On Nov. 21, the Political Science Students’ Association held a debate between the McGill chapters of Canadian political parties: Conservative McGill, Liberal McGill, New Democratic Party (NDP) McGill, and Young Greens McGill.
Representatives from these groups shared their views on drugs, immigration, Indigenous affairs, climate change, and economic policy. For each topic, representatives responded to prompts on how their parties address the presented issues, followed by a debate between the representatives. Arts Undergraduate Society (AUS) Legislative Council Speaker Husayn Jamal moderated the event.
The first part of the debate focused on drug policy—specifically on marijuana legalisation and the fentanyl crisis. Conservative McGill senior member Nikolas Dolmat argued that the legalisation of marijuana puts public safety at risk.
“The government is rushing marijuana legalisation despite the cries from scientists [and] law enforcement officials saying that there are not adequate harm reduction strategies in place,” Dolmat said during the debate. “We have ‘Mothers Against Drunk Driving,’ but what about ‘Mothers Against Dope Driving?’”
Unlike the Conservative Party, the NDP supports the legalisation of marijuana. NDP McGill member Kiana Saint-Macary cited Portugal's decriminalization of drug possession as an example of progressive drug legislation that she hopes will take form in Canada.
“We think that it’s inherent that the legalisation of marijuana is accompanied by the blanket pardon of past offenders,” Saint-Macary said. “We think the decriminalization of all drugs is particularly important because addiction is a health and social justice problem.”
During the immigration portion of the debate, students discussed the recent increase in Haitian immigration from the United States. According to NDP McGill member Josh Werber, it is crucial that Canada reevaluate the Canada-U.S. Safe Third Country Agreement.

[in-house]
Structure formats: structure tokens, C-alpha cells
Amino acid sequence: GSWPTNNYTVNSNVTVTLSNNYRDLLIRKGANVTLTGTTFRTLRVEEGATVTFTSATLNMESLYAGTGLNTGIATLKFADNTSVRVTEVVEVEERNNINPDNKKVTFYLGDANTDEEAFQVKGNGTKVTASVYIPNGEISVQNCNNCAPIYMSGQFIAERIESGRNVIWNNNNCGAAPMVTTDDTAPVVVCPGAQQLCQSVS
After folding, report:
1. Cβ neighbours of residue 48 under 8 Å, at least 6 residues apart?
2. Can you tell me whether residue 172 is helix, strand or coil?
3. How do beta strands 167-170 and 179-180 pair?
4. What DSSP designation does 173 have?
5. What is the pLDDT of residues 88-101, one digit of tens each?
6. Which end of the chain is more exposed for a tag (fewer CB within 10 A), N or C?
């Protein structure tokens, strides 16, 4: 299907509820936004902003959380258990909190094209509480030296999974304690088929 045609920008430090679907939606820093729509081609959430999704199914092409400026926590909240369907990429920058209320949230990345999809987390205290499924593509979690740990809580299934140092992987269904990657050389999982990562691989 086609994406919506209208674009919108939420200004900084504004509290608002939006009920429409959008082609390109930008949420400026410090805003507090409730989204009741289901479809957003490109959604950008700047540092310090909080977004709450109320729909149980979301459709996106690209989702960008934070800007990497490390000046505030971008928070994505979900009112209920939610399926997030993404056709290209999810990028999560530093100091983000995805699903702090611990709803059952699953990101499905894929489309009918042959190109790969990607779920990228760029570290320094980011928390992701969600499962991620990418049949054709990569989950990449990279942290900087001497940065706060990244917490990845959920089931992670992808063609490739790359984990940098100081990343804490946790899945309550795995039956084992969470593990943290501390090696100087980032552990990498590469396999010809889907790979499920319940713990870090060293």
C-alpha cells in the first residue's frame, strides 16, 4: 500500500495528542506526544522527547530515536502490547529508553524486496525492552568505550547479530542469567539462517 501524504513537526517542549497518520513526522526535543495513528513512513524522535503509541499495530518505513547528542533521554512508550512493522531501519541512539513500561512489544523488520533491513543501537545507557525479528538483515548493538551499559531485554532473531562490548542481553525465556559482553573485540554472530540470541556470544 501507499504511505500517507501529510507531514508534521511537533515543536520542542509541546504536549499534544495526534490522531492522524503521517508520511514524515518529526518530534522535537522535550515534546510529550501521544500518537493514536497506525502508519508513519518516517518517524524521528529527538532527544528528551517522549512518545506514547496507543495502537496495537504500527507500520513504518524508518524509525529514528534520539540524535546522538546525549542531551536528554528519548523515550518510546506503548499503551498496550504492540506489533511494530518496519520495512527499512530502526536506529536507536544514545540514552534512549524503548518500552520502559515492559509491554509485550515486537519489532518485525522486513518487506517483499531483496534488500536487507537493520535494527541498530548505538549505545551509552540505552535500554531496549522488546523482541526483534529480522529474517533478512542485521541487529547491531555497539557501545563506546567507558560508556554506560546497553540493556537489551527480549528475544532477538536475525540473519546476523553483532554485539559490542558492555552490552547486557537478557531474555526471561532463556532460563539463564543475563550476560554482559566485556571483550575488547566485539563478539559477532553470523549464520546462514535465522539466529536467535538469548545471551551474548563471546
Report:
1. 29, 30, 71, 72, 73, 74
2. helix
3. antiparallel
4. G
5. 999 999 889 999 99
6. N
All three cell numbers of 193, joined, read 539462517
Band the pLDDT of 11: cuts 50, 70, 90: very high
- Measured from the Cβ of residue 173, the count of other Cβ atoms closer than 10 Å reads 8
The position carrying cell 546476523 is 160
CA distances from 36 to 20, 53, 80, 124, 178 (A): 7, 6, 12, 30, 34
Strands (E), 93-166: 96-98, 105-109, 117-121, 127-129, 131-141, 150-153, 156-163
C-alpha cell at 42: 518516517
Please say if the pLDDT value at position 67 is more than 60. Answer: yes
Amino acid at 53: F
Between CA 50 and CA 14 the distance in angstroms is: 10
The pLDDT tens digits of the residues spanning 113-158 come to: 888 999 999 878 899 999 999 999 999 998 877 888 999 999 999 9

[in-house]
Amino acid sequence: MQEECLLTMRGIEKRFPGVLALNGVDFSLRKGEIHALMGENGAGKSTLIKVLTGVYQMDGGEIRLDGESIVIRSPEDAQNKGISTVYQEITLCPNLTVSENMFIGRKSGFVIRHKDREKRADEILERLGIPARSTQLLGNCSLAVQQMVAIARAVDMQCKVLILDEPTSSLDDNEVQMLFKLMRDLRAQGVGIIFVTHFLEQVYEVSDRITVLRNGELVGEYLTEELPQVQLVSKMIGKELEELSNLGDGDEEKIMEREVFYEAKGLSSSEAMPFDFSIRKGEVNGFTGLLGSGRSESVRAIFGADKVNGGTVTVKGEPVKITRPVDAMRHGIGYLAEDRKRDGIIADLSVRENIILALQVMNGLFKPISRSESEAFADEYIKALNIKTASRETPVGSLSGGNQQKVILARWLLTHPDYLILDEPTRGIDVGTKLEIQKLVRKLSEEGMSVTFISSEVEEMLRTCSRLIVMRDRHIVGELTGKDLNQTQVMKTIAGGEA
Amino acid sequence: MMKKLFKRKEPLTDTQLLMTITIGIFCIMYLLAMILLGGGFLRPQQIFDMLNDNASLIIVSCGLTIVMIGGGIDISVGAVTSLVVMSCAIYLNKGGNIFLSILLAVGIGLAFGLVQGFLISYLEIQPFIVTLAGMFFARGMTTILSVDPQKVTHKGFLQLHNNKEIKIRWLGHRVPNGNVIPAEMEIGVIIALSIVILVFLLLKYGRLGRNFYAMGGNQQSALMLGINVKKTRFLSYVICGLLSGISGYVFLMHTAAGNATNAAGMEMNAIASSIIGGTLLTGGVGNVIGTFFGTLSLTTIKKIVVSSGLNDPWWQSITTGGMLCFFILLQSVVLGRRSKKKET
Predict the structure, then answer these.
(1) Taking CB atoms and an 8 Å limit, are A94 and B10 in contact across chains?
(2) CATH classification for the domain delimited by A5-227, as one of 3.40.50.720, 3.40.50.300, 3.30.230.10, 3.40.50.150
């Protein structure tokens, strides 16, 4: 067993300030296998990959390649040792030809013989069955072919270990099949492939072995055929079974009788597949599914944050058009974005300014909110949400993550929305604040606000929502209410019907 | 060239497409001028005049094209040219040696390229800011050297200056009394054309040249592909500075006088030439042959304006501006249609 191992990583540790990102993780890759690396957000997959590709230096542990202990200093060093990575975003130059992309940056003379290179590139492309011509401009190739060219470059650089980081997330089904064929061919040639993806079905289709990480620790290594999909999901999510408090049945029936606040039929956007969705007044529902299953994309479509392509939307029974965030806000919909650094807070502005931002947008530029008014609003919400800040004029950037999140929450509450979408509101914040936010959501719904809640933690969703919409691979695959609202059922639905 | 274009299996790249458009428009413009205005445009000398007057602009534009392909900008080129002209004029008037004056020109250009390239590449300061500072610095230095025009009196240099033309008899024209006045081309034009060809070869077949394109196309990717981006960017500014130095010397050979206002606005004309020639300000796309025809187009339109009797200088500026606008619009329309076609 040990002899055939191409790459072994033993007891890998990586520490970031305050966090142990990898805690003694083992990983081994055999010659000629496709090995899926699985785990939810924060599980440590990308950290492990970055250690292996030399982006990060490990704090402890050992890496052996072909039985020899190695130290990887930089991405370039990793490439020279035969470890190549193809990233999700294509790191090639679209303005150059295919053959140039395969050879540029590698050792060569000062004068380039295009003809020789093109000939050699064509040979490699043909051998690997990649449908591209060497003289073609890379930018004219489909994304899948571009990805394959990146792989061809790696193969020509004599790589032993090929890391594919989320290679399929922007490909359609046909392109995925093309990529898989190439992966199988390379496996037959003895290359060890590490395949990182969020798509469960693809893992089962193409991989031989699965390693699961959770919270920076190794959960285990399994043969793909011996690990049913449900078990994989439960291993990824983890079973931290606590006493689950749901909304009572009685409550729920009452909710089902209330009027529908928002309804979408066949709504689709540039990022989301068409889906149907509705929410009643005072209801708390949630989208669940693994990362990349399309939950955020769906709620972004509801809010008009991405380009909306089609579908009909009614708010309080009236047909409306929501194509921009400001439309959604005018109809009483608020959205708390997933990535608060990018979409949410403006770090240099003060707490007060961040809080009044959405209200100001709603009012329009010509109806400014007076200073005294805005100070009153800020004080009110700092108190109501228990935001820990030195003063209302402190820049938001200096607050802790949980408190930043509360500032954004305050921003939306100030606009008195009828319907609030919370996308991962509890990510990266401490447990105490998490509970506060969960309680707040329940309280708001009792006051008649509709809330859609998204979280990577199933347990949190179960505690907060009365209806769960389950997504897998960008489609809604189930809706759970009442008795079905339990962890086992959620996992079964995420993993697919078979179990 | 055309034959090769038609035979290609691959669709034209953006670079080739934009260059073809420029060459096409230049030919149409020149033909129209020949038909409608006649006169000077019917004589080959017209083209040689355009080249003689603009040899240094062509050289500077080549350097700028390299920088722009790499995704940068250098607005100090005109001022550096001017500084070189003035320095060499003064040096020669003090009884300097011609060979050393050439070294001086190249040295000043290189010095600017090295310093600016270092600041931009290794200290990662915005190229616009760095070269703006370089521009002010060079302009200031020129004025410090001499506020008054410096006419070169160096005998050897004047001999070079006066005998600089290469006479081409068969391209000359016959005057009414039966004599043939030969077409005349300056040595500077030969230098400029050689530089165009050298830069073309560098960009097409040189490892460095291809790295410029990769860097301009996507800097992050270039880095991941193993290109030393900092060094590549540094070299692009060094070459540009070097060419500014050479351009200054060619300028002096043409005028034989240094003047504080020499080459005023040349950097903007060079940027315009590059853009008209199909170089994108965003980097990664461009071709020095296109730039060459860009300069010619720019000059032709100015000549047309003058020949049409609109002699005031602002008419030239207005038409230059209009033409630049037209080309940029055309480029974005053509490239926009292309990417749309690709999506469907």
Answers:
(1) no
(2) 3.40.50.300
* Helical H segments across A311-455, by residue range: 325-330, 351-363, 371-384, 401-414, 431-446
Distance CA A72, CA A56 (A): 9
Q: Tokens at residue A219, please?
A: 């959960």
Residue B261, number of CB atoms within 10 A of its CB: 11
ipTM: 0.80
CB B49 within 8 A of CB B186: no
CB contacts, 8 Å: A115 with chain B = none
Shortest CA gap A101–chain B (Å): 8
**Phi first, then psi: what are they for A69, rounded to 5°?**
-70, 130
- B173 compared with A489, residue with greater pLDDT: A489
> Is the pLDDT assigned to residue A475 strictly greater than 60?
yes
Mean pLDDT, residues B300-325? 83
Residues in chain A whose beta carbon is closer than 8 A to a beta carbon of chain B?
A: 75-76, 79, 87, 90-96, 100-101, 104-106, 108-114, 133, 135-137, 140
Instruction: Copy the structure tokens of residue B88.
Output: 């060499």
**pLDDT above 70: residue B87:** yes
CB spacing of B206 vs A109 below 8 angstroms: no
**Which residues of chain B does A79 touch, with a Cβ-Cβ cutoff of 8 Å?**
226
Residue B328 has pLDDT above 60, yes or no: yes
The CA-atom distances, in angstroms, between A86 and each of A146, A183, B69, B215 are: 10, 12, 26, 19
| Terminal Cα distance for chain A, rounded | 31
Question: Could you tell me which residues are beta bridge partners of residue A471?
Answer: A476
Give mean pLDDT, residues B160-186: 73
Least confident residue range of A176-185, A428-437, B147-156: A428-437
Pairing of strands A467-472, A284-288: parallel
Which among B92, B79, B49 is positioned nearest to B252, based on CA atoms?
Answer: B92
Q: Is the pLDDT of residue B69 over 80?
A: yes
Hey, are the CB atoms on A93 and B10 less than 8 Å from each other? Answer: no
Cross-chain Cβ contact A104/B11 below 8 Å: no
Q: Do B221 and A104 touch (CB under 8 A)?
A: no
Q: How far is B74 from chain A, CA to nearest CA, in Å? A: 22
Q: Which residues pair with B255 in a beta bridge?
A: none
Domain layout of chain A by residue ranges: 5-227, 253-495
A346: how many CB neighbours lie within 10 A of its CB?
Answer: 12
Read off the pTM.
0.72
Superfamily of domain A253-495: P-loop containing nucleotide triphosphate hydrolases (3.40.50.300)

“The current political situation in the United States is such that we must revise our immigration policies,” Werber said. “As tens of thousands of Haitian immigrants, who are lost without their temporary protection status, flee across the Canadian border, risking their lives, it is cruel for us to ignore their plight and apply this outdated agreement.”
The debaters also gave their parties’ perspectives on Indigenous affairs. Dolmat applauded former prime minister Stephen Harper’s reconciliation efforts, highlighting his official apology for residential schools in 2008. In response, Diamond Yao, U2 Arts and Science, a supporter of Young Greens McGill, said this was not enough. She referenced Amnesty International’s Stolen Sisters report, which details continued marginalization of Indigenous women that predated and followed Harper’s apology.
“It’s not enough to close down residential schools, because the oppression of Indigenous women is rooted in systemic oppression, such as social and economic marginalization,” Yao said. “This has pushed a disproportionate amount of Indigenous women into dangerous situations that include extreme poverty, homelessness, and prostitution.”
Debaters from all four groups agreed that the federal government must work toward mitigating the effects of climate change. Werber expressed disappointment in both the previous Conservative and current Liberal government in handling global warming.
“Despite being the 38th largest country by population, we’re the 10th largest emitter of carbon in the atmosphere,” Werber said. “Justin Trudeau went to [the] Paris [Summit] and came back with the same standards set by the Conservative government and that does not cut it.”
The final topic of debate was economic policy. Liberal McGill faced criticism from NDP McGill, Young Greens McGill, and Conservative McGill over the current Liberal government’s failure to support young Canadians and families. NDP McGill and Young Greens McGill recommended that the government increase social support and welfare for low-income Canadians, while Conservative McGill favoured increasing benefits for all Canadians. In response, Liberal McGill Director Jack Martin highlighted recent changes the Liberal government made to support these two groups.
“We increased the working income tax benefit very recently to make sure that we’re supporting working Canadians,” Martin said. “We just announced that we’re committing to build a hundred thousand social housing units, increasing childcare, [and] increasing homeless aid.”